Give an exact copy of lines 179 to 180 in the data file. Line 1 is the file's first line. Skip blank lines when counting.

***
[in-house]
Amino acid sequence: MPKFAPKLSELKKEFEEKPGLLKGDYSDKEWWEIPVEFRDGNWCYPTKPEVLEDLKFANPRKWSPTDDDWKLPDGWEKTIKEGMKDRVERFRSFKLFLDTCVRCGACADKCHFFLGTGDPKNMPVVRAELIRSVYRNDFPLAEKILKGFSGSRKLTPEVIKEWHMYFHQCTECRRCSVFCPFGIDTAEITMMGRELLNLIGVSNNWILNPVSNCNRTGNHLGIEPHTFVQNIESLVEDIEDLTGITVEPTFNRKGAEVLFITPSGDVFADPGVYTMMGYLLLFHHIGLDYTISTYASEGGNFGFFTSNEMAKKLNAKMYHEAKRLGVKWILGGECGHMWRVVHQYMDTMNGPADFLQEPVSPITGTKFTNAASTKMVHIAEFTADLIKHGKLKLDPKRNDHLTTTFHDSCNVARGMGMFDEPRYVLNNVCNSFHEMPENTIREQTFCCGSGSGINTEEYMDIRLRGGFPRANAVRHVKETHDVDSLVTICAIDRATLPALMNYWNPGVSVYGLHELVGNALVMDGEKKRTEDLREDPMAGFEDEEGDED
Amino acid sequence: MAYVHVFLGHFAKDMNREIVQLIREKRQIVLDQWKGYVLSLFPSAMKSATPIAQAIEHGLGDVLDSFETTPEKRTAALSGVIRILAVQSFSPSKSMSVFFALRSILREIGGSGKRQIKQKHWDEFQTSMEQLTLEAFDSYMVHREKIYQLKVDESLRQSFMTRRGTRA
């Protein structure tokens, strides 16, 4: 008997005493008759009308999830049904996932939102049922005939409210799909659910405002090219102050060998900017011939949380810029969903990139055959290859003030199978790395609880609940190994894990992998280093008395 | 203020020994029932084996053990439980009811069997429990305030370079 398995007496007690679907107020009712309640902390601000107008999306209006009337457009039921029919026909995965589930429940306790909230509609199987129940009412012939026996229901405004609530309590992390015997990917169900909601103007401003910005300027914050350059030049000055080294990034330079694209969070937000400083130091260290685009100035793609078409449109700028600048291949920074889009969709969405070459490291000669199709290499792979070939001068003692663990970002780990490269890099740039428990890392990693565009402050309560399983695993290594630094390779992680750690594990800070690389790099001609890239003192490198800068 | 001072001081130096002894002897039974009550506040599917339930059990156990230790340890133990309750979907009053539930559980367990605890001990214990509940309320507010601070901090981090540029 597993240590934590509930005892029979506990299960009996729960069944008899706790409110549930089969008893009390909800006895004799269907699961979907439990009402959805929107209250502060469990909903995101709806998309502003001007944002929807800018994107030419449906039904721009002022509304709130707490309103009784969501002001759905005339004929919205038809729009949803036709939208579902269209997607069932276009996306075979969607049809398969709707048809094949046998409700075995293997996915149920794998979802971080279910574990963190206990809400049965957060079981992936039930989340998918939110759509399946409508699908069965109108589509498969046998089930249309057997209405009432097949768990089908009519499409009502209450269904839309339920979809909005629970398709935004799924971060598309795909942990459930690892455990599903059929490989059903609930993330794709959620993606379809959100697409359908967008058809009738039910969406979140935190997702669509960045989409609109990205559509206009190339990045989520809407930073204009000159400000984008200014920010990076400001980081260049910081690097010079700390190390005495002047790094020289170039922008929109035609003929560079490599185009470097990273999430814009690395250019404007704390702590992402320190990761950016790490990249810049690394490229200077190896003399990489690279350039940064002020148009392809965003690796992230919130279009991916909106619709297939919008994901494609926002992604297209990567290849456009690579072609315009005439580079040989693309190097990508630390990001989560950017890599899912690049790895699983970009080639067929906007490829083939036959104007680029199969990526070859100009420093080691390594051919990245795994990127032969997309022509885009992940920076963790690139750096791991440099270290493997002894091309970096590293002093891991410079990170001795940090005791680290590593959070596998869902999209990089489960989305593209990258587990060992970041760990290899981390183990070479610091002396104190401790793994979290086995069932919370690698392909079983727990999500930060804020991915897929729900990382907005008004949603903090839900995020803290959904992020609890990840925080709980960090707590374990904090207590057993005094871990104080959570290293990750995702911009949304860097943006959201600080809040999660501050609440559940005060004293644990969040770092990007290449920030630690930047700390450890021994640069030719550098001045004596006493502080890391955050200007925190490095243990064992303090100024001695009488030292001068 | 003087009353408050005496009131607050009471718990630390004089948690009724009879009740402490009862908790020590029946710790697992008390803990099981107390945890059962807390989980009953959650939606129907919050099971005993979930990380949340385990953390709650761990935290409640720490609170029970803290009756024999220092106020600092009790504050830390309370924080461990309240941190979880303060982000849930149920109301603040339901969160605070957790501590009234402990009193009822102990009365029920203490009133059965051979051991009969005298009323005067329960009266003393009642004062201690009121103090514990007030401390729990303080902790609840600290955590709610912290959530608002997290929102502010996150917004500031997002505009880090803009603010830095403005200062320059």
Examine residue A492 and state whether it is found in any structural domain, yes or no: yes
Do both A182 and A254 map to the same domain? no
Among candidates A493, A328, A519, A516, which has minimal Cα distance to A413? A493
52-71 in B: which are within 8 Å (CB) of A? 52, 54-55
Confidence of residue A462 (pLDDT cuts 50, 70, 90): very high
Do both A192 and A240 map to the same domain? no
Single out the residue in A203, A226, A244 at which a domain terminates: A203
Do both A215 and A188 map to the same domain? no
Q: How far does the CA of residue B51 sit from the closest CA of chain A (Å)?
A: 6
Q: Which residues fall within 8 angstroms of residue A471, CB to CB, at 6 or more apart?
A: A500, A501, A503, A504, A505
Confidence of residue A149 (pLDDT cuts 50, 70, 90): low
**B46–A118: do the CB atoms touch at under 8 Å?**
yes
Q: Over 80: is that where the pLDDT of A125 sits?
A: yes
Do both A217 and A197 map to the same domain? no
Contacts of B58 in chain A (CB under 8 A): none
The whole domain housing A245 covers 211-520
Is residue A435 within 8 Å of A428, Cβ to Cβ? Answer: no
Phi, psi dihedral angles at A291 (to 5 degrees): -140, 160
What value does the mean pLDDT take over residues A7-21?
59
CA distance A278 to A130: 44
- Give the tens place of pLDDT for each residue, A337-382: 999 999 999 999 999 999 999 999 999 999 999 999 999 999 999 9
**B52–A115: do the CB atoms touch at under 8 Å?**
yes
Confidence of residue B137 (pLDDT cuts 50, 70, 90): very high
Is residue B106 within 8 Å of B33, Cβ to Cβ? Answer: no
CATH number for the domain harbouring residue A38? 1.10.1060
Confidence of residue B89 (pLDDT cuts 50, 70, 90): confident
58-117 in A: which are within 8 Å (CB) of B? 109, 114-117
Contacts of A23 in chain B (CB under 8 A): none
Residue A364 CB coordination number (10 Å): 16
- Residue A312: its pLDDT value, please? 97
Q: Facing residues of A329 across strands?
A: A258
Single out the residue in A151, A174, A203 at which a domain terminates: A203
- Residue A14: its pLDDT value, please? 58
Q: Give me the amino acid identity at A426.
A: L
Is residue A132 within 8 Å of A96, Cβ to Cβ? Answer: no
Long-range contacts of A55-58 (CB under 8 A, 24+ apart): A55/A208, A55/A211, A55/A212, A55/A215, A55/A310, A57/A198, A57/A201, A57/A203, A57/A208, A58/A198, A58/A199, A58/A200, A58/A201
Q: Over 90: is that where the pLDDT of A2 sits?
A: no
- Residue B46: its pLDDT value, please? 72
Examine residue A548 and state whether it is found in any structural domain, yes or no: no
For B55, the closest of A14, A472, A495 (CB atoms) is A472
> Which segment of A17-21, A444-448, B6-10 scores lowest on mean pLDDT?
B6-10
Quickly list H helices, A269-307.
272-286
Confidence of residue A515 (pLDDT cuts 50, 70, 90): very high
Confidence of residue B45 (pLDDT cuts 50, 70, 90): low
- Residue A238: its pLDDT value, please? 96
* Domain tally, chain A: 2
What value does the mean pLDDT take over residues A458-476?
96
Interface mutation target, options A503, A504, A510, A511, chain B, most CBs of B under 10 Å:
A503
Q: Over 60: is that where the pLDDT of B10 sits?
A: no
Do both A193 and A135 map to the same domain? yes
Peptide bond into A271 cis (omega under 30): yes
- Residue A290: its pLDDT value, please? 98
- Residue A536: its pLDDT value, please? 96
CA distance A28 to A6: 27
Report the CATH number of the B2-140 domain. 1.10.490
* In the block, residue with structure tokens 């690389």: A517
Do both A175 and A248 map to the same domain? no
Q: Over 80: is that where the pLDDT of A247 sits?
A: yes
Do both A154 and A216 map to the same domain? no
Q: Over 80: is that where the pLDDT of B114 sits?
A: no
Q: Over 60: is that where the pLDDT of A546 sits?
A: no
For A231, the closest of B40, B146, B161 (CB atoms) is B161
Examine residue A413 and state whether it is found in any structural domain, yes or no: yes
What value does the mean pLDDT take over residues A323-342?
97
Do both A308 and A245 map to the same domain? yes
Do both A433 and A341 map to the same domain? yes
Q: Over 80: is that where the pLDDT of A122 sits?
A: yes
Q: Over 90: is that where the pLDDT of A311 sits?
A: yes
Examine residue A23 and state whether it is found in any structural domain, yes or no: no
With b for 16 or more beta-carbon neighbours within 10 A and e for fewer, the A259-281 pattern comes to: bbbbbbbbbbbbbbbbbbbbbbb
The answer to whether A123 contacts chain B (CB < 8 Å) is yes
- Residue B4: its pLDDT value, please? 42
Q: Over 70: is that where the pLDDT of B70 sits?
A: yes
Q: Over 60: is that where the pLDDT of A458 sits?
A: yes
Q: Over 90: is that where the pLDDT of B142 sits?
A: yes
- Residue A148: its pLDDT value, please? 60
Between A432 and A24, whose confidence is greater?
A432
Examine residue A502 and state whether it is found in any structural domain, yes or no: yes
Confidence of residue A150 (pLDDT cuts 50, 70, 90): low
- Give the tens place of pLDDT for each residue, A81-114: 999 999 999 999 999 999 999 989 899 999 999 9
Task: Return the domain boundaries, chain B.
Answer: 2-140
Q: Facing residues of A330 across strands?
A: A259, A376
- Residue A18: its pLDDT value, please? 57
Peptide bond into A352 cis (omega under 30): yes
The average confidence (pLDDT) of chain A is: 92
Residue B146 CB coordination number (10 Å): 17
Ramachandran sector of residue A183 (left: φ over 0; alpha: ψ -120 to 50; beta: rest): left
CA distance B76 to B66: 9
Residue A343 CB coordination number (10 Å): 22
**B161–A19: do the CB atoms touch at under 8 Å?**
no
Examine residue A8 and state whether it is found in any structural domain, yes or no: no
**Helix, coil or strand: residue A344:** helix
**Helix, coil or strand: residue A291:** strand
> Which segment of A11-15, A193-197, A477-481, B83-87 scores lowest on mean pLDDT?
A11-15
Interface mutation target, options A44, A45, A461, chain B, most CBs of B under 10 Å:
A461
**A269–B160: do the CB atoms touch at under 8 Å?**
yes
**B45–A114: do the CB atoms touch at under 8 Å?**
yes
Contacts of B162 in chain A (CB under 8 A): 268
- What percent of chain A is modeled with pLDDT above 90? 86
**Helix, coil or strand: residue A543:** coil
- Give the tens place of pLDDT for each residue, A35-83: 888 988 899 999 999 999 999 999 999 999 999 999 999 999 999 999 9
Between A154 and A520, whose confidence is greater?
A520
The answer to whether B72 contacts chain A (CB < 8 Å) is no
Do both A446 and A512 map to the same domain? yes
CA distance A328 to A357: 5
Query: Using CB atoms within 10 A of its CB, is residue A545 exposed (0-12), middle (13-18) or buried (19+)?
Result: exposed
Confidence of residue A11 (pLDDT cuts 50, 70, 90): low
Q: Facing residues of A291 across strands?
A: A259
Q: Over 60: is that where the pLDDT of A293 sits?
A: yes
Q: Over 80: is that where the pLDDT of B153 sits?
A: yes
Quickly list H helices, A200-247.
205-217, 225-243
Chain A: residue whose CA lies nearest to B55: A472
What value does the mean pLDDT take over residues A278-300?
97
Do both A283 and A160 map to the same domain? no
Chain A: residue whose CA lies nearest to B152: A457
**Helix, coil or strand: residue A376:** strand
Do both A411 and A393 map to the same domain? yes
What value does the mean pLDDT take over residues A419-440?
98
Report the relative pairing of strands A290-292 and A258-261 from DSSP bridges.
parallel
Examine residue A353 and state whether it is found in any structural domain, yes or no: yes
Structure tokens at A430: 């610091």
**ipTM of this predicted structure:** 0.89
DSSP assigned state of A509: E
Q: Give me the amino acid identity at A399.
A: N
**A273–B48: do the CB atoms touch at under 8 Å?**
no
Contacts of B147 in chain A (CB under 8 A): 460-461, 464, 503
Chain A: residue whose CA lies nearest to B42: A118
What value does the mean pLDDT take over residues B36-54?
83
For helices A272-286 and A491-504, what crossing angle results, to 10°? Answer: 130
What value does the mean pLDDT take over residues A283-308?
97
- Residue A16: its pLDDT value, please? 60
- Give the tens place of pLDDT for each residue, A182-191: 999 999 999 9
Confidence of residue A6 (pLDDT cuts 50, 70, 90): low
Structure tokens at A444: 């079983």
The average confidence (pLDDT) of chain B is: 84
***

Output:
- Residue A16: its pLDDT value, please? 60
- Give the tens place of pLDDT for each residue, A182-191: 999 999 999 9